Constructing Criminality In Movie Theaters

I love going to the movies. Whether it's that inimitably delicious popcorn, the eager anticipation built by trailers, or just the thrill of watching a blockbuster on the big screen, Spending an afternoon at the theater is downright wonderful. Of course, movie theaters are invested in providing an enjoyable experience to everyone who visits, and part of their attempt to do this is their constant exhortations that patrons behave themselves. If you've been to the movies recently, for example, you may well have seen an announcement reminding patrons to be on their best behavior, an announcement that looks like this:


It's easy to call these posters largely irrelevant, an uninteresting backdrop to your afternoon or night out, and the top two photos of this one truly aren't remarkable in any way. The last, however, is something far more noteworthy. Unlike the top two, in which the outfit of the person doing something they shouldn't is largely secondary, the clothing on the subject of the third photo is a carefully chosen. The hoodie, after all, is a large part of our imagination of criminality in America, and using it was a conscious decision on the part of the people who designed the poster. Unlike the first two photos of this depicted, the last is participating in a dialogue about how a criminal dresses, both drawing on our construction of criminality in America and reinforcing it.

I'm not, of course, claiming that movie theaters are somehow engaged in a single-handed crusade to paint the hoodie as a criminal accessory. Indeed, the fact that I can say with any confidence that the hoodie in the poster is part of portraying its wearer as criminal shows that this idea of what a criminal wears is something of a consensus. We'ce already been subliminally convinced, on a cultural level, that the hoodie is the outerwear of choice for criminals. But here's the thing: if posters like this and other representations of criminals choose to show them wearing hoodies simply because it's the easiest way they know to convey that the person they're showing us is a bad guy, they both tacitly accept and reinforce the cultural perception out of sheer laziness. And that's as ridiculous as it is dangerous.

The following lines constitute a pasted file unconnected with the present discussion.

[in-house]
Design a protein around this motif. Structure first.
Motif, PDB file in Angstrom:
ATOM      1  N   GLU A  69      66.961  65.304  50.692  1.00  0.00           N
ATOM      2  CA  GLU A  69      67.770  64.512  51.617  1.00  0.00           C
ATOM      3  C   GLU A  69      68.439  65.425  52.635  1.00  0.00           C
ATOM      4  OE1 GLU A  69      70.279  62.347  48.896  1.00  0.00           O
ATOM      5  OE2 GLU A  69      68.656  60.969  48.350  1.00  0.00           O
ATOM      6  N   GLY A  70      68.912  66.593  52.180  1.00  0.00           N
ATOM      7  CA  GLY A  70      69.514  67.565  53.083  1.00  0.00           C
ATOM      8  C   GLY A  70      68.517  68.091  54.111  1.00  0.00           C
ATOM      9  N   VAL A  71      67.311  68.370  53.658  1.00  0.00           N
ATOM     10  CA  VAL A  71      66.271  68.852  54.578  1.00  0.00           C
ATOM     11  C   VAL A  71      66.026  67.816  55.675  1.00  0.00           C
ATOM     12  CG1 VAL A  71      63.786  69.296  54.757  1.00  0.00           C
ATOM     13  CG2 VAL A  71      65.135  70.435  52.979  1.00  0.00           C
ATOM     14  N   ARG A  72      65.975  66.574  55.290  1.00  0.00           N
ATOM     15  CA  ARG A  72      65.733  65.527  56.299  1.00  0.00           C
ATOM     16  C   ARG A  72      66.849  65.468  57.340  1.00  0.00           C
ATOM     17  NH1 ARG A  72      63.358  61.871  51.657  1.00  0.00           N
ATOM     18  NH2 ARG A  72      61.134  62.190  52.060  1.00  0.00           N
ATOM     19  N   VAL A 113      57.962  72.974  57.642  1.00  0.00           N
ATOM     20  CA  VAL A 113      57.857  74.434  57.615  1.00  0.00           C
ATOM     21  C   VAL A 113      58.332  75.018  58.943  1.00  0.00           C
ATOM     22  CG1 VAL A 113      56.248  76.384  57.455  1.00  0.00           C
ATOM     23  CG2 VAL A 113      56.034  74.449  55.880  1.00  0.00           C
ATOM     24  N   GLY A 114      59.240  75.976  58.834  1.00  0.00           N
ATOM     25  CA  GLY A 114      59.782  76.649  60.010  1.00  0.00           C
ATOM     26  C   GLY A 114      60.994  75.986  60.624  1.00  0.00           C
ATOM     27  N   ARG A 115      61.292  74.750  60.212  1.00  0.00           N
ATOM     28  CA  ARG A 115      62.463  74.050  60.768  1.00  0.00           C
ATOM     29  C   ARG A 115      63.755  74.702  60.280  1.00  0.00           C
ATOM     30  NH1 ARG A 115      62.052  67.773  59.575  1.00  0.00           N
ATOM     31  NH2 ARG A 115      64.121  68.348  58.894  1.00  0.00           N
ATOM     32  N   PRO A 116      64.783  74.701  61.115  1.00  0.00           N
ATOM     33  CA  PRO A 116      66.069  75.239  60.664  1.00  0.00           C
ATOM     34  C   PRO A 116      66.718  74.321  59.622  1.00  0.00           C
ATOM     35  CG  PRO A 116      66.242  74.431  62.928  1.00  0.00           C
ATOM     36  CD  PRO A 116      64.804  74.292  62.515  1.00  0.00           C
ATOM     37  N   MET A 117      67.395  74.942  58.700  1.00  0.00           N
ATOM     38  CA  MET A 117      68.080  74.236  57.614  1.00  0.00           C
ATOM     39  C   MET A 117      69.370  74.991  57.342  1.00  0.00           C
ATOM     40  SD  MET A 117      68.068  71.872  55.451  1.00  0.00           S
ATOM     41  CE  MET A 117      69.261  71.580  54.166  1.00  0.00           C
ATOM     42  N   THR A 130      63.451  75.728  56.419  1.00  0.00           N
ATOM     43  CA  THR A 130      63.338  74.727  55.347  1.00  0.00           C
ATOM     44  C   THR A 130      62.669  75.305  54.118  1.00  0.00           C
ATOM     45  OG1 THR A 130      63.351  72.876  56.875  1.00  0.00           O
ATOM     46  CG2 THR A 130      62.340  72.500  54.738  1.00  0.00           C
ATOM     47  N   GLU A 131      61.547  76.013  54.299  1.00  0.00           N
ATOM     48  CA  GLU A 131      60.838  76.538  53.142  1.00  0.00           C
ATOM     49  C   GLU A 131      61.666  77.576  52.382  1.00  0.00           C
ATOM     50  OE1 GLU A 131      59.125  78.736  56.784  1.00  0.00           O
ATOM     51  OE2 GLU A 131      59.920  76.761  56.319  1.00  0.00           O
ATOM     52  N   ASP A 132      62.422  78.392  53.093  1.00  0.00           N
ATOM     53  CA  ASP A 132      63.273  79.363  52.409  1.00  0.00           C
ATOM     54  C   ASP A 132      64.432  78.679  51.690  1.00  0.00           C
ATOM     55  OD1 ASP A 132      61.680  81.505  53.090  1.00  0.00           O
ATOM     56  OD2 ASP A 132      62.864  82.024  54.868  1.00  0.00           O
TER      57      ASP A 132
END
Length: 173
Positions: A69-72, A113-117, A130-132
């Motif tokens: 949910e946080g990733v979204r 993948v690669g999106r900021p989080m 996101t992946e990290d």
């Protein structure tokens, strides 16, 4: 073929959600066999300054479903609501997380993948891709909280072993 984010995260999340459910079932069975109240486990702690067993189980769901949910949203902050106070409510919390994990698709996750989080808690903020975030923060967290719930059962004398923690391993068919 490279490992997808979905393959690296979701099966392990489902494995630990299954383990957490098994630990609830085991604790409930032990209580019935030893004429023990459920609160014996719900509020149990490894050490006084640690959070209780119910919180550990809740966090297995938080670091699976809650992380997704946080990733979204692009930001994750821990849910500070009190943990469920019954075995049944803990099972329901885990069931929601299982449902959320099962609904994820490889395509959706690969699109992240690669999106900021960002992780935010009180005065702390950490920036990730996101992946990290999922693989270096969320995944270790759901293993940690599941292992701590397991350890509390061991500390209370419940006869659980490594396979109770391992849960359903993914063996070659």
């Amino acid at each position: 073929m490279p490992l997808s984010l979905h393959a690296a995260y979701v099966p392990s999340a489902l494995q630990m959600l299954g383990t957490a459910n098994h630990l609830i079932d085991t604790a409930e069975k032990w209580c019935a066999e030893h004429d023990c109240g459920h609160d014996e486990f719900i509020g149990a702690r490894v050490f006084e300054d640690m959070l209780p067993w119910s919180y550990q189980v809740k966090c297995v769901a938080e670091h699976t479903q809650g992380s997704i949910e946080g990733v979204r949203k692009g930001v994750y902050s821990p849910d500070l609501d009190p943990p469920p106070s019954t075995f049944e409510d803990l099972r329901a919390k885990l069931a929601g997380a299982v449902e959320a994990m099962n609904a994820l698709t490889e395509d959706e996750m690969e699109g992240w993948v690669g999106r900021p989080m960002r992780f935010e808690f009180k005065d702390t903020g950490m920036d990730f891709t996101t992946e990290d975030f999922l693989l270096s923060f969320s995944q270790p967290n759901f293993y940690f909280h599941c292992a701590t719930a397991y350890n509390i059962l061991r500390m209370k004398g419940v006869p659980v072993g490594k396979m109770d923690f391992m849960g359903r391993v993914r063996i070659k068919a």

After all, we have a word for the unquestioning application of broad assumptions to individuals: stereotyping. It's one of the ugly words of American history, and its caused everything from painfully awkward moments to heartbreaking tragedies. And lest you think this discussion of hoodies is purely academic or that I'm being ridiculous or melodramatic here, Trayvon Martin likely died one night years ago because a man was quick to assume that his hoodie meant he was a criminal, and I do not think he is the only person this has happened to. He's merely the one we've heard about. Accepting and applying stereotypes without question is a recipe for disaster. Posters like the one discussed above make a conscious choice to do so, to adopt a lazy set of symbols for criminality, and these messages seep, inescapably, into those that experience them. We notice these touches, and when we don't interrogate them they infect us, changing our behavior. NFor our sake and the sake of others, we must notice that we notice them.

With Excitement and Optimism,